The Progress of Humanitarian Aid to Afghanistan
The Global Humanitarian Assistance Report for 2017 stated that Afghanistan has 8.9 million people in need of international humanitarian assistance. Humanitarian aid to Afghanistan is important because it is a country with multiple crises, including internal and international conflict and violence, refugees who still remain in neighboring countries and natural disasters such as floods, droughts, avalanches and sandstorms.
Afghanistan ranked in the top 10 countries in need of humanitarian aid from 1999 until 2015, when it dropped to 13th. In 2016, there were roughly 1.6 million people displaced within Afghanistan. Crises are prevalent in the country and the effects are apparent among the citizens. Children face some of the toughest obstacles in survival, and the government struggles to provide the basic needs of clean water, electricity, safe roads and education.
With the increased need for humanitarian aid, the U.N. Secretary-General’s report at the World Humanitarian Summit called for an adjustment of financing to the countries most in need. Financing tools are being re-evaluated to fit the crises and breaking away from the old short-term grant-based funding. This change acknowledges that natural disasters require different financing than conflicts, such as climate financing, risk reduction and risk transfer. Conflict financing is still limited, but the World Bank, the U.N. Development Programme and the Organisation for Economic Co-operation and Development are looking to broaden the financing scope to enable better aid to countries in need.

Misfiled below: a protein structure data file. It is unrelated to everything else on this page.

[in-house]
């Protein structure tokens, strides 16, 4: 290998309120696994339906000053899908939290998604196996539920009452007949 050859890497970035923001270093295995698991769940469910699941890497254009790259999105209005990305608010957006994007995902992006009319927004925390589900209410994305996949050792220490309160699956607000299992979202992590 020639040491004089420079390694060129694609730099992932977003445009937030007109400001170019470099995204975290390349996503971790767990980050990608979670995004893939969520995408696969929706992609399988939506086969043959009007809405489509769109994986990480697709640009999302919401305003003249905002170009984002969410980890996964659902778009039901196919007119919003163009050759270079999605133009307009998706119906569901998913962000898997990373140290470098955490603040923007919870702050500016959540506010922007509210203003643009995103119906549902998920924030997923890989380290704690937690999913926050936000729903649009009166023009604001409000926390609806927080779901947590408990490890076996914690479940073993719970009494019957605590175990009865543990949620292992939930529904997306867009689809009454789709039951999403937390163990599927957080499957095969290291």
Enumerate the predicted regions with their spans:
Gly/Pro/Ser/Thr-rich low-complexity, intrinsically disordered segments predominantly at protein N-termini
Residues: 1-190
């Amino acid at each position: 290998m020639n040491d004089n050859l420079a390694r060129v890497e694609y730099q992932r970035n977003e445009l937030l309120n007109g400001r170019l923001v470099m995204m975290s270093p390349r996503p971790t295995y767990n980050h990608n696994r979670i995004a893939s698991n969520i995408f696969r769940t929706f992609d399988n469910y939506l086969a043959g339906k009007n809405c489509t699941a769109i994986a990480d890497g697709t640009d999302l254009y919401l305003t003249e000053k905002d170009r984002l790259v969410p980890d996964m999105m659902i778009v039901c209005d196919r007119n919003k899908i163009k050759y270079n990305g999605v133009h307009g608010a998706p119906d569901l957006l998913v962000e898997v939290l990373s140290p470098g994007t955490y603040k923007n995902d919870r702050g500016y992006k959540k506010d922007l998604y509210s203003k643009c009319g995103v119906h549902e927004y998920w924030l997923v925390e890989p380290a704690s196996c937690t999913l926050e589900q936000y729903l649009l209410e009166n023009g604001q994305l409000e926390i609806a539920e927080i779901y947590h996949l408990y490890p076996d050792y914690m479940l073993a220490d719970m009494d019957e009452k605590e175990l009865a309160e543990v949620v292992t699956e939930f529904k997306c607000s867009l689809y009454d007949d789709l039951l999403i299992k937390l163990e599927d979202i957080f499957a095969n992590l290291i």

Several foundations are also working to downsize this crisis impact within Afghanistan. Save the Children is an organization giving children access to literacy programs, building strong curriculums and training teachers for both preschool age and secondary school children. Further advances have been made in efforts to employ parents of children to work on projects to better develop the community with local reservoirs, agriculture canals and other drought-related projects.
The European Commission’s Civil Protection and Humanitarian Aid department was founded in 1994 in order to provide aid for the strictly humanitarian principles of independence, impartiality and neutrality. This aid continues for conflict and disaster-ridden communities, providing emergency medical, food, clean water, shelter, protection, sanitation and hygiene. This organization is providing for the basic needs and working to restore access to education to children in the process.
In 2017, the Civil Protection and Humanitarian Aid department planned to allocate €25.5 million, but because of the growing displacements of citizens, it grew to €30.5 million. A main priority is support for refugees to return from Pakistan and Iran.
The humanitarian aid to Afghanistan continues with the International Rescue Committee, which started in 1988 in response to the Soviet Union’s invasion. This organization continued providing aid throughout the rule of the Taliban and now works with thousands of villages, employing many Afghans in the IRC staff. This organization teaches communities to take action in their own projects for development, provides learning spaces in rural locations, provides tents, water, sanitation and basic needs to those displaced and works to find employment for people. These efforts are crucial to enable progress in Afghanistan.
Much aid is needed within Afghanistan due to crises stemming from multiple sources, but international humanitarian aid to Afghanistan is being addressed. Countries, smaller foundations and organizations along with individuals are seeking to make an impact in the nation.
– Bronti DeRoche